The concept of appropriate space became apparent during the course of this research exercise. The use of a lecture hall that sits 120 students for a learning session that has 20 participants raised concern that the learners are drowning in the space around them. Of course, unlike the computer lab and the classroom session, all the furniture and fixtures of the lecture hall were fastened in place and could not be arranged to suit the size or needs of the group. The comparisons between the dialogic qualities of each of the learning sessions observed in this brief study are of course bounded by the nature of the subject matter for each session. How much one can compare the interactions and dialogues of learners in a language based learning session with one based on working with electronic artefacts is somewhat negotiable. However, what is to stop traditional humanities subjects from opening up classrooms in spatial terms, working with objects and making things, while at the same time developing critical thinking and remembering?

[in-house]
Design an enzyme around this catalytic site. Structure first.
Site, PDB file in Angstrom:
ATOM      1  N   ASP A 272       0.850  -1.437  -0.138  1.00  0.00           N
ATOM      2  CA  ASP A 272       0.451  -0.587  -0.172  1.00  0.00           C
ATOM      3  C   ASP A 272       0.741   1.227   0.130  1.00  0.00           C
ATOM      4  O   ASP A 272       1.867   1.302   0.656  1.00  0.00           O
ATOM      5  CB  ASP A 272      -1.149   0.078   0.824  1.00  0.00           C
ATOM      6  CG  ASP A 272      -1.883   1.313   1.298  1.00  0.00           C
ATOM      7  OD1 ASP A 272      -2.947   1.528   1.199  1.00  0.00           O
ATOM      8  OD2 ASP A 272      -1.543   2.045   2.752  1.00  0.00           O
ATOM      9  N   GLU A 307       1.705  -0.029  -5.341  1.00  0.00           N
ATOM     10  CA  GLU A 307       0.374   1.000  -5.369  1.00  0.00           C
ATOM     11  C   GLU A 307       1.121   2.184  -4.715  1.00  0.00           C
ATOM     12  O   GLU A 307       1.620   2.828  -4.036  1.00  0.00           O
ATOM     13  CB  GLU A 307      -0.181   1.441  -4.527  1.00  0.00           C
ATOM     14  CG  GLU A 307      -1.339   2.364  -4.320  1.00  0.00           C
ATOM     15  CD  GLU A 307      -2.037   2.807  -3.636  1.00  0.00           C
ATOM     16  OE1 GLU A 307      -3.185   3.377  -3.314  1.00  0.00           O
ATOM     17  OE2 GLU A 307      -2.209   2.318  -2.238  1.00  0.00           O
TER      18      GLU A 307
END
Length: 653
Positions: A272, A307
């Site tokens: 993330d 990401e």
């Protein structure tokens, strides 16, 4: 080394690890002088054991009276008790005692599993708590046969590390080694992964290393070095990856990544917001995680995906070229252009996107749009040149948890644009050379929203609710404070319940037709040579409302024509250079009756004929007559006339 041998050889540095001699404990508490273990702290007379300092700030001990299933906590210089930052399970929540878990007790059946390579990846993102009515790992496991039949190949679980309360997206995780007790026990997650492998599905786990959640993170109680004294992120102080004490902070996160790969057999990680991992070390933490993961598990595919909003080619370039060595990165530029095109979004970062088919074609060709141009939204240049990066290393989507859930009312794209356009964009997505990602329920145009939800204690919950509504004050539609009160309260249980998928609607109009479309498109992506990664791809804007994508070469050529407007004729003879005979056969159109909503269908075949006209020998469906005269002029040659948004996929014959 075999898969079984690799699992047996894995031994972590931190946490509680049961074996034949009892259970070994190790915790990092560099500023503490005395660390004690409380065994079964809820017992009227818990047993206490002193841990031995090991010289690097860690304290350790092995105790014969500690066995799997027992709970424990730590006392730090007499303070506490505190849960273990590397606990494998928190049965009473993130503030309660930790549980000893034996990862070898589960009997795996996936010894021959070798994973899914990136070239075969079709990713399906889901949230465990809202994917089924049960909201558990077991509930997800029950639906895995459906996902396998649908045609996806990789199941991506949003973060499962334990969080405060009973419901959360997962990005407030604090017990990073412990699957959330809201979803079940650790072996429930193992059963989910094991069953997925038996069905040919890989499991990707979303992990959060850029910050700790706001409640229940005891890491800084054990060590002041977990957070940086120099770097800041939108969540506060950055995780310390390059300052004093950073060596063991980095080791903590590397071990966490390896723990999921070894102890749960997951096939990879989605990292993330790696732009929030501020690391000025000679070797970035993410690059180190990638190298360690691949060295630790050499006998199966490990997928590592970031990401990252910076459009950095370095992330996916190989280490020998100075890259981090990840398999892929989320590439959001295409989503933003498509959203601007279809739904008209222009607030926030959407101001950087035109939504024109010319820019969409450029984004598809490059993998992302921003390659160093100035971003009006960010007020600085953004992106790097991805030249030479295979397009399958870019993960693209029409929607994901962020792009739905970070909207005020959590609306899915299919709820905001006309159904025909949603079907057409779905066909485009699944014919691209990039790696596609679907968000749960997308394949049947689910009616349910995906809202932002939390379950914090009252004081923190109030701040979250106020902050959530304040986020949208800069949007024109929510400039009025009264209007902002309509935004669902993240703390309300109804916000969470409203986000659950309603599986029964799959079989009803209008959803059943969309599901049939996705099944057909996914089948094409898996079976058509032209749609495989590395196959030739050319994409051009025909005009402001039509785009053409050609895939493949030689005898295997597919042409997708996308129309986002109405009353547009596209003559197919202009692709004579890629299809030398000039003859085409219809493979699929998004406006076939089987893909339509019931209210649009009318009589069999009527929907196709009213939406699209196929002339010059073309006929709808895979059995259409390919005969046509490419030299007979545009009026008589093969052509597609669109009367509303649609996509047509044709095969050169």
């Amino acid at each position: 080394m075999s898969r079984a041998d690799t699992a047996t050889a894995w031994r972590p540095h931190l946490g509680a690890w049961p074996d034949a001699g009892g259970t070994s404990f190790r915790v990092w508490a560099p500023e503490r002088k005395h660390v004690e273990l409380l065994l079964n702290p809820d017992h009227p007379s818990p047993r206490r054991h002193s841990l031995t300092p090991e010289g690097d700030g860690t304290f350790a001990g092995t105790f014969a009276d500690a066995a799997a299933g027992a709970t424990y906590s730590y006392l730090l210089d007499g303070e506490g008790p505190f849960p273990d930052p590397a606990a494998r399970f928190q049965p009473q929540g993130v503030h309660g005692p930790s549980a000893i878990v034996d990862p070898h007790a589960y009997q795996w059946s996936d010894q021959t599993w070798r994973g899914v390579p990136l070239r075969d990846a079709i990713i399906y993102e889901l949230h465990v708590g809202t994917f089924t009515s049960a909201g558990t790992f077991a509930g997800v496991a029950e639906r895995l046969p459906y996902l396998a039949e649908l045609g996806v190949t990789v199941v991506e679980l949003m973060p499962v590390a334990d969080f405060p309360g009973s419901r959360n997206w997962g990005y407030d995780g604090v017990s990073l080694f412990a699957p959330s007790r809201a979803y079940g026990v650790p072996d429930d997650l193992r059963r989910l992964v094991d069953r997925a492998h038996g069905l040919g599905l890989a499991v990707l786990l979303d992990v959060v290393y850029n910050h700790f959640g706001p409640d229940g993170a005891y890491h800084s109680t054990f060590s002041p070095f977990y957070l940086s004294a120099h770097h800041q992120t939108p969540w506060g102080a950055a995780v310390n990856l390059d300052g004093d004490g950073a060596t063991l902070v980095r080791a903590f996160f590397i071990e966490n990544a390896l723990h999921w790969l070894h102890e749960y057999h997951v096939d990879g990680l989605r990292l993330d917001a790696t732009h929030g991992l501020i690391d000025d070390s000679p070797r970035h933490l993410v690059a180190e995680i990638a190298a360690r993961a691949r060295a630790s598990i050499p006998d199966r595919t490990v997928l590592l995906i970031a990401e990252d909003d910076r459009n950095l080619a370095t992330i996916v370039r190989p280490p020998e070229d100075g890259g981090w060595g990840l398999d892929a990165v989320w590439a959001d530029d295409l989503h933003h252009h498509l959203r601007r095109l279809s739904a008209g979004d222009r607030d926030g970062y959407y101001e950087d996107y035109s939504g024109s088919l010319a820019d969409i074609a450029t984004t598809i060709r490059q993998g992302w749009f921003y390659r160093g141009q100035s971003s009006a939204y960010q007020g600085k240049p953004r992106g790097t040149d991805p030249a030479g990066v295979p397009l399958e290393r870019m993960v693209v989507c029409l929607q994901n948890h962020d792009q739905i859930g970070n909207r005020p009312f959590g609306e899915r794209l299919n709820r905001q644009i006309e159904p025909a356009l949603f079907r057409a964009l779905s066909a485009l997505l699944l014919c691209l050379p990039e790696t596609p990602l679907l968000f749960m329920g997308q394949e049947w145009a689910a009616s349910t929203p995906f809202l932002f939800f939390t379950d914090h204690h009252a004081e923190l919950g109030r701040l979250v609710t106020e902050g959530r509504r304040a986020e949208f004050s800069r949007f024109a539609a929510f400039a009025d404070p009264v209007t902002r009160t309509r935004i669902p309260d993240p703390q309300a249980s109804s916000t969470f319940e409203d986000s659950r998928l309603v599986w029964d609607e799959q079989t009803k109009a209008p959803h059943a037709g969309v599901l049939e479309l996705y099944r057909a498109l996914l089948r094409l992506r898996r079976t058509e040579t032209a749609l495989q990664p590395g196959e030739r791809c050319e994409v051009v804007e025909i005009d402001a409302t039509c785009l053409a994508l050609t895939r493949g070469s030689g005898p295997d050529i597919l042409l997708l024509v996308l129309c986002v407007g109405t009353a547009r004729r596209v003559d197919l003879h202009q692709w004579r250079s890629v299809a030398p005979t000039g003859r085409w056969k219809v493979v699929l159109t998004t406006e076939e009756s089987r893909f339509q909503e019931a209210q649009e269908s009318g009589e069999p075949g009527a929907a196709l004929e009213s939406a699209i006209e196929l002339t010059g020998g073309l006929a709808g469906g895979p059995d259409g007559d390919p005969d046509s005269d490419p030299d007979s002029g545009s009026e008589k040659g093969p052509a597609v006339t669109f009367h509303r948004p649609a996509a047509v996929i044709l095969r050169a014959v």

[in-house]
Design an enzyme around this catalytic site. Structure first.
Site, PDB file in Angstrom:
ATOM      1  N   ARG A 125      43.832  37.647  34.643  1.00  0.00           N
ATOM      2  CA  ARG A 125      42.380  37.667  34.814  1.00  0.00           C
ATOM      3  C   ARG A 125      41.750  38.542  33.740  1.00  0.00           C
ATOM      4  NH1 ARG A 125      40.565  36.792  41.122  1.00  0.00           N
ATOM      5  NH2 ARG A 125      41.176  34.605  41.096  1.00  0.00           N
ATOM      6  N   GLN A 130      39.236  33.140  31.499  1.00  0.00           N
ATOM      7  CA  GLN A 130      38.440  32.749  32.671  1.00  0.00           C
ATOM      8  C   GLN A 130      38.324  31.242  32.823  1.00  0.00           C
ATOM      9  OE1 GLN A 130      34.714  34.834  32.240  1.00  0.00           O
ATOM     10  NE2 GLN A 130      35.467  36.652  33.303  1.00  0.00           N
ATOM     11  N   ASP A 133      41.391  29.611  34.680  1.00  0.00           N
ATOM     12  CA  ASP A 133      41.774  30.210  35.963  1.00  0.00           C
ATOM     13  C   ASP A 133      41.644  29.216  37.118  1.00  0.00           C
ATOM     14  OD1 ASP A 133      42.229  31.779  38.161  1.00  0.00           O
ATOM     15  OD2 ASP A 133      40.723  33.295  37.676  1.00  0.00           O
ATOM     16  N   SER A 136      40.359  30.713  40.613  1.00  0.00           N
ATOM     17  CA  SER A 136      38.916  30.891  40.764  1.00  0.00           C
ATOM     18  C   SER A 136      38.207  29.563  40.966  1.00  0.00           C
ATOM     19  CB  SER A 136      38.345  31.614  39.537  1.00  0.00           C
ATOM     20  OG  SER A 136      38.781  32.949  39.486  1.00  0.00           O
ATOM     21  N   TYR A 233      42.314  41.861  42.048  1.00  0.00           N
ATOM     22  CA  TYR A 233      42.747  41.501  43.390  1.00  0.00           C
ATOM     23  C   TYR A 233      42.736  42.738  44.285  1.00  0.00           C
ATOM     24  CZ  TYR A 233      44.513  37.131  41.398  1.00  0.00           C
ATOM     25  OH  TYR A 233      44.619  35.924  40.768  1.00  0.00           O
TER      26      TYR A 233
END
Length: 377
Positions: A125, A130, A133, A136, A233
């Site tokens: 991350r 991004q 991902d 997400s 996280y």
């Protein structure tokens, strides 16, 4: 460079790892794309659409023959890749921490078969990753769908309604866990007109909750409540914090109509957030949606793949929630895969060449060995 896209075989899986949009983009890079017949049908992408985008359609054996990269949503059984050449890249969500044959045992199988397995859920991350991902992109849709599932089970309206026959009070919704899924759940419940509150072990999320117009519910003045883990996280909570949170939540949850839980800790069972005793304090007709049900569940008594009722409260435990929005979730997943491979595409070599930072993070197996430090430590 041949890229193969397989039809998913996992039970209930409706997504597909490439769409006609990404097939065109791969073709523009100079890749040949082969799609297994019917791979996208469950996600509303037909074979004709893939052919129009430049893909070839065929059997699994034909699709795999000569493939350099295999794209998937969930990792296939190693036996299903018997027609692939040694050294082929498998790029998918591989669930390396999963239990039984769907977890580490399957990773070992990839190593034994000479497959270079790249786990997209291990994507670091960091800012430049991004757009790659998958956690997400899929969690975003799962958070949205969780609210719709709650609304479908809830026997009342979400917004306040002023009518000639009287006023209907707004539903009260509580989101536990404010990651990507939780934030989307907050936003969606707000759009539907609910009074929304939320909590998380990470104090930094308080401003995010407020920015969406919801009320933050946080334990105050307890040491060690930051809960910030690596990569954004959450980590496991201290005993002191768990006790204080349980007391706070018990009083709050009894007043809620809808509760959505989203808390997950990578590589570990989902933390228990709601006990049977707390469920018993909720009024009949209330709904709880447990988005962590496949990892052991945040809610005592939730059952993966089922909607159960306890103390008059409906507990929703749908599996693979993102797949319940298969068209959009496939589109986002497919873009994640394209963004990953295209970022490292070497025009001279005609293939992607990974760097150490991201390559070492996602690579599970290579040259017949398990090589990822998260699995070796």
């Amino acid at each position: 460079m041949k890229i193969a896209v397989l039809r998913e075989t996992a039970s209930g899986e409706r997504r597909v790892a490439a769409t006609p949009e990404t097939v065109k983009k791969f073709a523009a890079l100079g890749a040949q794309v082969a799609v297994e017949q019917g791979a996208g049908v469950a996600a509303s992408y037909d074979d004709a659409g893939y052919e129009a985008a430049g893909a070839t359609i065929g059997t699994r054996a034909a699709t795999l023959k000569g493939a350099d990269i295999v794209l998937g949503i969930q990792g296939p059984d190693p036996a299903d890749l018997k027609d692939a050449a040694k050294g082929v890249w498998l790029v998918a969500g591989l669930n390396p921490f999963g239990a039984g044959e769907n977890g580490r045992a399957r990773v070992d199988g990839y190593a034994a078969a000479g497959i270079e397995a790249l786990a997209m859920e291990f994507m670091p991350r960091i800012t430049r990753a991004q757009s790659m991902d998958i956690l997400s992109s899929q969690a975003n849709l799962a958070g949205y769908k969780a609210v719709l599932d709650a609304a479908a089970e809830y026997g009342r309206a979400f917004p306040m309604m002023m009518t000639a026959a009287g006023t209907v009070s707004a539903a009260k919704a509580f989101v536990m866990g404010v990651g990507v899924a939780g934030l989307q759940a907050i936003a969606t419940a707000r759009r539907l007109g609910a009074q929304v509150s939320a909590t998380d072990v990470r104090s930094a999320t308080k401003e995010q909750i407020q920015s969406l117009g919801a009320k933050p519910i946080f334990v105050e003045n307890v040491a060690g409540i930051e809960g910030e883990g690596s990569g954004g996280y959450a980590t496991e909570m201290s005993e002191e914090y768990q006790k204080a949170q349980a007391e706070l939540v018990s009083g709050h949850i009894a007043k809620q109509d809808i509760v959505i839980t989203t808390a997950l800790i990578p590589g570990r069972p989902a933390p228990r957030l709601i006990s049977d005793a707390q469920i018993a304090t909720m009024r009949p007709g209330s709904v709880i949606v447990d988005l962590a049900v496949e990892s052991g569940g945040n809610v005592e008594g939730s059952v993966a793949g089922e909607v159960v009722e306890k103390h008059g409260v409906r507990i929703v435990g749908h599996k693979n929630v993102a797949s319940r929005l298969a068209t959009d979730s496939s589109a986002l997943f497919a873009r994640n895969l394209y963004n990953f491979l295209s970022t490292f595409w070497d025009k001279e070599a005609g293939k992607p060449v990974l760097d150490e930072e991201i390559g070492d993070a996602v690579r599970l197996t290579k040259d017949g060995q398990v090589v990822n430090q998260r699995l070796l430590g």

Appendix: Learning and Teaching Environments Sketches of Sessions Observed (Crosses represent learners)

Classroom Session Sketch
Library Session Sketch
Lecture Hall Session Sketch
Computer Lab Session Sketch (Arrows show movements of learners)

Works Cited

Bakhtin M.M. The Dialogic Imagination: Four Essays. Austin: University of Texas Press, 1982

Galin, Jeffrey R., Ed. and Latchaw, Joan, Ed. The Dialogic Classroom: Teachers Integrating Computer Technology, Pedagogy, and Research. Urbana: National Council of Teachers of English, 1998. Accessed 2008–02–20